I need your opinion on a subject.

I have been working as DBA for a short time and I have been asked by the Project Manager which database engine I recommend for a new critical project. The options given are MySQL and Postgres, and I should also tell which version I suggest.

How can I suggest a version without knowing implementation details or product usage? The project implementation has not started yet.

Should the DBA give specifications about which database version to use or that is a PM responsibility? I am not developing the product, I will just maintain it once it reaches production environment.

By the way, we already have a couple of small systems using MySQL and Postgres but they are small, non critical and we are not using high availability solutions of any king.

Any suggestions as to where my responsibility should go or what should I demand?

closed as primarily opinion-based by Paul White, RolandoMySQLDBA, Colin 't Hart, RLF, Mark Sinkinson Jul 17 '15 at 8:31

Many good questions generate some degree of opinion based on expert experience, but answers to this question will tend to be almost entirely based on opinions, rather than facts, references, or specific expertise. If this question can be reworded to fit the rules in the help center, please edit the question.

  • 1
    I answered this in Meta long ago : meta.dba.stackexchange.com/questions/614/… – RolandoMySQLDBA Jul 16 '15 at 17:40
  • If you don't have enough experience to make this suggestion, you should tell that to the person who asks and relax. If you do have enough experience but don't know the project requirements, also tell that to him/her. – mustaccio Jul 16 '15 at 17:47
  • Already told him i needed non functional requirements or usage requirements. I should suggest a version but without knowing if they need any particular feature of a new version. – ctutte Jul 16 '15 at 18:32
  • Rolando: Thanks for the post you showed me, i really agree in those things and are part of my work. The point here is if i should say we should use for example MySql 5.0 or 5.5 or any other without knowing if they will need any special feature. – ctutte Jul 16 '15 at 18:39
  • I personally can't see any reason to choose MySQL instead of Postgres. Postgres has more features, is more reliable and has much more development momentum than MySQL. – a_horse_with_no_name Jul 17 '15 at 8:54

NOT an answer - but too long for a comment.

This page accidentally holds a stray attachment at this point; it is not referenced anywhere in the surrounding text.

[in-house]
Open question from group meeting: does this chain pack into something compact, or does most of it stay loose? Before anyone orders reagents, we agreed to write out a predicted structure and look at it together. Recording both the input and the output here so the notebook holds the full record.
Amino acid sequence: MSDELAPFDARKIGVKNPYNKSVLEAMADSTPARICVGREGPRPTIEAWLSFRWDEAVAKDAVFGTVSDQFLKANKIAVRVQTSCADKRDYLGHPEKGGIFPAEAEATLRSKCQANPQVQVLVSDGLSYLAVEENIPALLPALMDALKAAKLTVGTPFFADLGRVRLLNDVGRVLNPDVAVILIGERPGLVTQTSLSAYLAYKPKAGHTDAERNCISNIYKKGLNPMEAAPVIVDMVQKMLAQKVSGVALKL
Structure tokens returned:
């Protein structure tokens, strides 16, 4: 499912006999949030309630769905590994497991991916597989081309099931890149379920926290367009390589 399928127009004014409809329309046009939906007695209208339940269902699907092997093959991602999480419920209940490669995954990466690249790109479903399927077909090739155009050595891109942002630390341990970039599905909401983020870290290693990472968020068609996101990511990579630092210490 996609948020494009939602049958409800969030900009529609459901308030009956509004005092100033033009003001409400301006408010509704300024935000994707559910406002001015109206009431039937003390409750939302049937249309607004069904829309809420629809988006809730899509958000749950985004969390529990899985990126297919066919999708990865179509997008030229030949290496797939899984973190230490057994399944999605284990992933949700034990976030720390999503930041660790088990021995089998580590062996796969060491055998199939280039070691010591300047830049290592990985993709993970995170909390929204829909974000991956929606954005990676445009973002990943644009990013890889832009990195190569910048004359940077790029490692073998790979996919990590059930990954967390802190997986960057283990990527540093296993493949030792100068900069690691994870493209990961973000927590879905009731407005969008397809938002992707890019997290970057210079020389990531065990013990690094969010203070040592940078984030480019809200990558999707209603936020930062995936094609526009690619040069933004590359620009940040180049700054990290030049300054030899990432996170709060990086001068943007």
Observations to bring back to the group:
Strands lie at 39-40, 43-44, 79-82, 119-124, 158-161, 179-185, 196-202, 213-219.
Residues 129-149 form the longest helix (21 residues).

Faced with (luckily for you) a choice between MySQL and PostgreSQL, I would unhesitatingly go with PostgreSQL.

CHECK constraints - silently ignored by MySQL. Incredibly reported as a bug 8 years ago - at least it's documented! :-( "The CHECK clause is parsed but ignored by all storage engines".

CTEs (Common Table Expressions) - not available in MySQL.

Window/Analytic functions - not available in MySQL.

(These last two links were brought to you by the principal author of High Performance MySQL: Optimization, Backups, and Replication).

You will spend a lot of time & money (not to mention lost sleep and hair :-) ) implementing code to do this stuff in MySQL whereas PostgreSQL does it for you.

MySQL "got lucky" in the internet boom pre-2000/2001 - it worked well with Windows and had a simple replication offering - both of which are now available with PostgreSQL.


From your question "say we should use for example MySql 5.0 or 5.5 " - always use the latest stable release if possible - it's the one that's least likely to have bugs - that goes for all systems - note "least likely" - there will always be bugs - the thing about Open Source systems is that they're up front and honest about them.

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    Actually, the oldest supported stable release is the one least likely to have undocumented bugs. In the world of Oracle few would take 12.1 over 11.2 or even 10.2 given the choice. – Roy Jul 17 '15 at 14:49

first question are what are the requirements for all you know it could be a BigData project

next Question should always be RPO/RTO

I would then question required throughput

  • estimated users
  • typical usage scenario
  • Peak usage scenario

also what the Data Access Layer the Developers are using direct sql calls or some form of ORM

then evaluate the answers against what skills do you have in house to support the application

this is certainly not the PM's desicion as they theroetically know about as much as Jon Snow about databases. The developers may have an idea but i would feel great a project lead had the foresight to ask our DBA their opinion

  • None of that is known – ctutte Jul 16 '15 at 18:31

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